It came as a genuine surprise when old Mr. and Mrs. Jones inherited a large fortune with the distinct proviso that they occupy the swell town house of the deceased to properly sustain the ... See full summary »
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Cast

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Charles Eldridge ...
The Old Farmer
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The Old Farmer's Wife
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Storyline

It came as a genuine surprise when old Mr. and Mrs. Jones inherited a large fortune with the distinct proviso that they occupy the swell town house of the deceased to properly sustain the social distinction and dignity of their acquired wealth. With many misgivings and regrets they close the old farm house in which they have lived for over fifty years and start for the city. On the train they are very much "upsot" by the novelty of things. Crossing the river on the ferryboat, they are astonished at the skyscrapers which loom up before them and which they have a sneaking feeling will fall over on top of them. A gentlemanly stranger on the boat who volunteers some information is looked upon with suspicion by the unsophisticated couple, who take an extra grip on their goods and chattels. In the great city at last, they try to find their way unaided to upper Fifth Avenue, where the inherited mansion is located. Unaccustomed to trolleys and elevated roads, they decide to take "shank's mare... Written by Moving Picture World synopsis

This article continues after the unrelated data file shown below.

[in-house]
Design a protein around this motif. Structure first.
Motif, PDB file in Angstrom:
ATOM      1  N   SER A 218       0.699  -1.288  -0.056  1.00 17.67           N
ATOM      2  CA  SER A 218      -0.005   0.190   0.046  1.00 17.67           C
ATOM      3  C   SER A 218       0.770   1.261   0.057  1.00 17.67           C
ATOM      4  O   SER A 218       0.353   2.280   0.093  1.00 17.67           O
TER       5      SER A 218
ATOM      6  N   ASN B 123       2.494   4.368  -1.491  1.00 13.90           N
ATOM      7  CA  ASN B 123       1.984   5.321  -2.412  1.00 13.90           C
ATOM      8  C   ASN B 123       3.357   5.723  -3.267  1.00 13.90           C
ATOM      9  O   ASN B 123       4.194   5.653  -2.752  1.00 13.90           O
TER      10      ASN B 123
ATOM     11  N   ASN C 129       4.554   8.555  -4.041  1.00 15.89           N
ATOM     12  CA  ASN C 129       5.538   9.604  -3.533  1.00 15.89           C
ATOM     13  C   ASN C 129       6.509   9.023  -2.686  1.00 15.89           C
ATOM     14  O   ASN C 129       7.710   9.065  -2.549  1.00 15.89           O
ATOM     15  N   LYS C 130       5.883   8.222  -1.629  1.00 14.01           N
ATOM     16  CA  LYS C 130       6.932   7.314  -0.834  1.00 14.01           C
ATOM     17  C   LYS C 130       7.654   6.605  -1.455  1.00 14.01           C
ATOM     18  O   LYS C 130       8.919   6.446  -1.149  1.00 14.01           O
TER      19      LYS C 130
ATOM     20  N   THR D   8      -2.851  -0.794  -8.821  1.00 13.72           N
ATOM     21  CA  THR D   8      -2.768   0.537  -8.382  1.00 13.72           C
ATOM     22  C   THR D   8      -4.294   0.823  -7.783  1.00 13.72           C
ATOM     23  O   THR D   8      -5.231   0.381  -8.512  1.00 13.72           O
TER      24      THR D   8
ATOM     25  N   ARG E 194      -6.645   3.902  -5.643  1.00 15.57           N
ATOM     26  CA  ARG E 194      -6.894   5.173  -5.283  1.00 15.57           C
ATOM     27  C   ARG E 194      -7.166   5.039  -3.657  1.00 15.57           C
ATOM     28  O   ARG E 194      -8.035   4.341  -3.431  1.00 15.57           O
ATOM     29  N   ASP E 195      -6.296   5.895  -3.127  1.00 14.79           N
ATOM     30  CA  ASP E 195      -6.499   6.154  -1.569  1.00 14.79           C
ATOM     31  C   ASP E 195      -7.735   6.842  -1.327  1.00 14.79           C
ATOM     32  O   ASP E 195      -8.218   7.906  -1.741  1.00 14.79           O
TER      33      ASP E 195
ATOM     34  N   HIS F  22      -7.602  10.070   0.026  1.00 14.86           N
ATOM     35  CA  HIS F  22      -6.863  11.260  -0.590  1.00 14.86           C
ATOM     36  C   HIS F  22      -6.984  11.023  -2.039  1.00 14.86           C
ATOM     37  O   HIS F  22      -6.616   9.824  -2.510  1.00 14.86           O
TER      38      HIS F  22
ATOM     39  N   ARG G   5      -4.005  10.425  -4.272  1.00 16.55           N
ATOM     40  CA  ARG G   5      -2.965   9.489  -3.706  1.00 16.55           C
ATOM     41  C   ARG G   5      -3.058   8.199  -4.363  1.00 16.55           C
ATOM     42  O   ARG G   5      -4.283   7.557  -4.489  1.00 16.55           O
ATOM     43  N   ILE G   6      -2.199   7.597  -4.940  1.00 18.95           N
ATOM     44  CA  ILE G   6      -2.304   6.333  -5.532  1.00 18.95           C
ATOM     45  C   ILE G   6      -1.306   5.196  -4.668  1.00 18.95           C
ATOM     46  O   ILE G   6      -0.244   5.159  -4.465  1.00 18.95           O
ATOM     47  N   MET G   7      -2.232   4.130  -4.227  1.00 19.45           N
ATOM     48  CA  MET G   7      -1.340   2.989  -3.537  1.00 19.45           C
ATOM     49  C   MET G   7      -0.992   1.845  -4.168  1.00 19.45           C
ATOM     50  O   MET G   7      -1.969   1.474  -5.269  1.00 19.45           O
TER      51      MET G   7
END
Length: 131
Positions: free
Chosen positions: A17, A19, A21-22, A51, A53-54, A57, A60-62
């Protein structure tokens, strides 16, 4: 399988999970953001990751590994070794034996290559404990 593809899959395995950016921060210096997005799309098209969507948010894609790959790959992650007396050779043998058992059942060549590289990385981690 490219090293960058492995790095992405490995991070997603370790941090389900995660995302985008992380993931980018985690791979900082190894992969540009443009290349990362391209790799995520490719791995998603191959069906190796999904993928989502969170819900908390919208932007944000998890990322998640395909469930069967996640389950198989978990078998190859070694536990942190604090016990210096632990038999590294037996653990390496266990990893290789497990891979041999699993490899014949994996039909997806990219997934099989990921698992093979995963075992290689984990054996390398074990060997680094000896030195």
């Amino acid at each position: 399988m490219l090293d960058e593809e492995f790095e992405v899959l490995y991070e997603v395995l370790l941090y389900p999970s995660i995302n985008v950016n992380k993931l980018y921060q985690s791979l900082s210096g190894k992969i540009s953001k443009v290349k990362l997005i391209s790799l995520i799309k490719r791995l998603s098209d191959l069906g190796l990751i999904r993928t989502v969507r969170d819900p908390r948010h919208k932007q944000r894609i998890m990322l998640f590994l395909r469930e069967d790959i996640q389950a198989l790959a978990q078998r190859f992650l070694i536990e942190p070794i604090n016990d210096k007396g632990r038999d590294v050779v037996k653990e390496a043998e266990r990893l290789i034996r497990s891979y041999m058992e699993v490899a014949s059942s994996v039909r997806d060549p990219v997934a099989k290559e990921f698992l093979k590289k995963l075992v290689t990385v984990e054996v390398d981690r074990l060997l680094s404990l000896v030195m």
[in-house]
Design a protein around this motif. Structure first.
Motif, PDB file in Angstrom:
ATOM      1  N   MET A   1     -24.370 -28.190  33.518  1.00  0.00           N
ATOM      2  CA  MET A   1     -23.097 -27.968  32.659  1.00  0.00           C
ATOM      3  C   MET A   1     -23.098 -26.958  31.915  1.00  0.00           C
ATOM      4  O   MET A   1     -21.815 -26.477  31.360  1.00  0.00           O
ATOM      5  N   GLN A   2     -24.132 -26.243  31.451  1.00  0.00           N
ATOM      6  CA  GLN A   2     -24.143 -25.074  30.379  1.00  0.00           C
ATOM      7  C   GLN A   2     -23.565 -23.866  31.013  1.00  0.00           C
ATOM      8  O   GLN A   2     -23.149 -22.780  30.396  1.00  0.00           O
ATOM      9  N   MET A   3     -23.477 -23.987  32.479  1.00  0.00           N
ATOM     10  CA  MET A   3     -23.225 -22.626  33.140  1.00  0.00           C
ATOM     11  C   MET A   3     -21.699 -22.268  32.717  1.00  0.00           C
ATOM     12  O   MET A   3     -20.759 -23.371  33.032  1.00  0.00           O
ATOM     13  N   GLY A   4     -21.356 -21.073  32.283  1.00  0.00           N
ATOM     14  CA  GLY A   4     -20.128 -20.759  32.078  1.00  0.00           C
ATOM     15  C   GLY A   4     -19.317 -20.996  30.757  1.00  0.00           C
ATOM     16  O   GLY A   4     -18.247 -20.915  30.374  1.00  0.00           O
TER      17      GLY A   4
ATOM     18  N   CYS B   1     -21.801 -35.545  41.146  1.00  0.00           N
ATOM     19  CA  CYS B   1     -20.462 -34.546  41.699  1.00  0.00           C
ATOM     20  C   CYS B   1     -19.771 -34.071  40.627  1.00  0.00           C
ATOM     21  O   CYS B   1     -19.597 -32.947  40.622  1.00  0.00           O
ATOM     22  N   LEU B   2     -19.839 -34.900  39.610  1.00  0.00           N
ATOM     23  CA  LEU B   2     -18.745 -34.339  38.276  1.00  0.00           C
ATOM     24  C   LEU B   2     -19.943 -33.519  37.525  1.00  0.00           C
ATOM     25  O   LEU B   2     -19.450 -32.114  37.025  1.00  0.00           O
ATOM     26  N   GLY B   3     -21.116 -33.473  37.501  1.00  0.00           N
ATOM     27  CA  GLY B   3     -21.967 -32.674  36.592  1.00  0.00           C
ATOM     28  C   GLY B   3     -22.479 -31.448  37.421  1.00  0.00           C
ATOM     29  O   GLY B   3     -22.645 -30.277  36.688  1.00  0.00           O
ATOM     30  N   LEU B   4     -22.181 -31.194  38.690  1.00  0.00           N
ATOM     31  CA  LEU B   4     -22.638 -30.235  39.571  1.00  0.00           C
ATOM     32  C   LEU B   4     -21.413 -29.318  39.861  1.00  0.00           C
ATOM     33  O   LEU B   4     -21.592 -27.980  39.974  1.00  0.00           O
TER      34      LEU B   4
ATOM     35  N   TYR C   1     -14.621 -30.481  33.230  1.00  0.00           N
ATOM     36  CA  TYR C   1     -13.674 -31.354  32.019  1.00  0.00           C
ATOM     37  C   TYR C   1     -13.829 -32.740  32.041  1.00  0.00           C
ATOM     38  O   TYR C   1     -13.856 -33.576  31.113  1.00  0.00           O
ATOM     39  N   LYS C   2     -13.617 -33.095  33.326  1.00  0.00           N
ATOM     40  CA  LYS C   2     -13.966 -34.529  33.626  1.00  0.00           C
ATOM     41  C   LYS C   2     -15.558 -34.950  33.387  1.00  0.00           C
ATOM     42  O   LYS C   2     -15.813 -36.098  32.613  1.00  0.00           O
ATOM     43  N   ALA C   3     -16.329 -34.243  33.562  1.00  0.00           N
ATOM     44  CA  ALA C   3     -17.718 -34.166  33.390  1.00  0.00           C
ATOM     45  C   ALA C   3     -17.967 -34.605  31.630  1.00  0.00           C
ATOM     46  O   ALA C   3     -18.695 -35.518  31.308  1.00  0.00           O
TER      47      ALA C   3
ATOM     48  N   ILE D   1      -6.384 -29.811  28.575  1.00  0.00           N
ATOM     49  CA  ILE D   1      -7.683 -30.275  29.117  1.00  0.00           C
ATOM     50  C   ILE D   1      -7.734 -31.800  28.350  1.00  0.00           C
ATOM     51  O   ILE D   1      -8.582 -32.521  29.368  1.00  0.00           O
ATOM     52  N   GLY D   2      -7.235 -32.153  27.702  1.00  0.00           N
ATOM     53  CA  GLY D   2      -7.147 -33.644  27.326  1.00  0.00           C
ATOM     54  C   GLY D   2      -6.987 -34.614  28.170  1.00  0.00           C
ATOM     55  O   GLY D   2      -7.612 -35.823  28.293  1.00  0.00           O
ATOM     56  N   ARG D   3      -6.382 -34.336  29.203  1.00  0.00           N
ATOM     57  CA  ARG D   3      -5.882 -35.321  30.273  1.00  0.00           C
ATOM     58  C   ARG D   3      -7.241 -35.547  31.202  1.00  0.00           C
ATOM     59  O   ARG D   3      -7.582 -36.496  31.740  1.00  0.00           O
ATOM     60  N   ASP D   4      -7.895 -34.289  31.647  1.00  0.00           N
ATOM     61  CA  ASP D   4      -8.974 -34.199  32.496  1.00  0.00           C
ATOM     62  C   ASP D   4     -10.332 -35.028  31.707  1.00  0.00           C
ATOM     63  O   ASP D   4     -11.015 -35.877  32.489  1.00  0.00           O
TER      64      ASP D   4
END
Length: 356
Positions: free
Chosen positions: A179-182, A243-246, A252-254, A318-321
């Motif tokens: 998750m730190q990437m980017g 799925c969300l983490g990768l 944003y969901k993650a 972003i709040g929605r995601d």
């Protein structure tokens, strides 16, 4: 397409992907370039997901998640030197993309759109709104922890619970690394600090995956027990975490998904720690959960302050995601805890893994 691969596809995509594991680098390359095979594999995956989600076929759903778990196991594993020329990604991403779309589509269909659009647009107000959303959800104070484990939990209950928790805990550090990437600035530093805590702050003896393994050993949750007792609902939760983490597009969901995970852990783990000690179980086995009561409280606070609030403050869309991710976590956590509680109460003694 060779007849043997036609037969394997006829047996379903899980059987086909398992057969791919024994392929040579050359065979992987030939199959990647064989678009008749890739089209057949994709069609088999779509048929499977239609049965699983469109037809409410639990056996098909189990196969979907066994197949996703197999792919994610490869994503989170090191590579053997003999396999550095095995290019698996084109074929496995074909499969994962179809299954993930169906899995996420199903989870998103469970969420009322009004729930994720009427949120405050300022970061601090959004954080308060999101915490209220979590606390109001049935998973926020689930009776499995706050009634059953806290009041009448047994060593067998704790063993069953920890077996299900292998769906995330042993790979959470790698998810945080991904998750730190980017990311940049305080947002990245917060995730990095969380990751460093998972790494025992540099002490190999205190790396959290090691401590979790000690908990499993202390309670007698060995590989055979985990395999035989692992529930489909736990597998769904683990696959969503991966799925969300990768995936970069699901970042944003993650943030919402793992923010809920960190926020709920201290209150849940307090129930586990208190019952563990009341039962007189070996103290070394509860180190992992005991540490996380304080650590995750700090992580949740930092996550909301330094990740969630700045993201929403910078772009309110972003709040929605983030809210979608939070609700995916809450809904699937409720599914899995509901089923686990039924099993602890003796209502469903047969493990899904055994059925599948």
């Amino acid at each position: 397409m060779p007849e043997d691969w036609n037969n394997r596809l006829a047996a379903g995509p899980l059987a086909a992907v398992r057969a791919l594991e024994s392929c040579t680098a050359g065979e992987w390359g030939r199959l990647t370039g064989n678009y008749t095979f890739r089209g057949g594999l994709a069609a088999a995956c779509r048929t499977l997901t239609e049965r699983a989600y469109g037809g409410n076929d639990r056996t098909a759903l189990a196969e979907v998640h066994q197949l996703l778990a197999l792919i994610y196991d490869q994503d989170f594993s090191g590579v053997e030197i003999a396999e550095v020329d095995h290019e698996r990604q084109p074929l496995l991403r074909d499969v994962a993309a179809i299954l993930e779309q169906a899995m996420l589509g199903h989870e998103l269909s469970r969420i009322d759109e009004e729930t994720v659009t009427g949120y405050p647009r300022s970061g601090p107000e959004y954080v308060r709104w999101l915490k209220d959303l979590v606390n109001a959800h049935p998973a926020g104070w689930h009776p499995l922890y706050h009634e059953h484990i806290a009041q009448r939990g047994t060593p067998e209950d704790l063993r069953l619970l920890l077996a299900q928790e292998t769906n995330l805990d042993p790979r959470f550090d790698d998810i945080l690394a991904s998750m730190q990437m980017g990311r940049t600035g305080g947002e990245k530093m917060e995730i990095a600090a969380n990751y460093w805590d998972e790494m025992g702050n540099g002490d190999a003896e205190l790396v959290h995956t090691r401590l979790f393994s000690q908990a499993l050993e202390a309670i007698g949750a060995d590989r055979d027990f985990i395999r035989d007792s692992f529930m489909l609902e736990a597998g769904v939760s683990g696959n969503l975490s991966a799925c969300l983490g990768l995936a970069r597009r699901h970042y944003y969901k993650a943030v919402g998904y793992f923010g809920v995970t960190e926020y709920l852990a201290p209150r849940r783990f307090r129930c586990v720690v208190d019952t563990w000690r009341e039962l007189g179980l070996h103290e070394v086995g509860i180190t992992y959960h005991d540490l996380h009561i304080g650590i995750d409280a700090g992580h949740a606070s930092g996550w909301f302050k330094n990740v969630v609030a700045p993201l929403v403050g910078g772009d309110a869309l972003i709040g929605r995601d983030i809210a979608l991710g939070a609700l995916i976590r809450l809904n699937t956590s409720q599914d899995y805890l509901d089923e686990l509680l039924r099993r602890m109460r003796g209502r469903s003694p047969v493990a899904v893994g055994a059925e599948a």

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Short | Comedy | Drama

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Release Date:

15 October 1910 (USA)  »

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Aspect Ratio:

1.33 : 1
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The real comforts which are to be found in the simple life
19 September 2015 | by (Chicago) – See all my reviews

A very human story, purporting to detail the experiences of an old couple who suddenly fall heir to a town house on Fifth Avenue. The unsophisticated way in which the old people look at things and the strangeness of it all will appeal strongly to anyone whose heart beats responsive to the real comforts which are to be found in the simple life. It is all shown so life-like and seems so real that it is difficult to believe that it is only a picture. The way the old people escape from the grandeur has its human side, and one wonders if those who occupy these stately mansions, waited upon by people hired with money, but wholly without emotion, are really living. Almost involuntarily one goes back to the old home with the old people and enters with them into its pleasures, and perhaps its sorrows. The little old farm house, with its simple furnishings and its homely surroundings, may house more of the realities of life than all the stately mansions along the avenue of the wealthy. - The Moving Picture World, October 29, 1910


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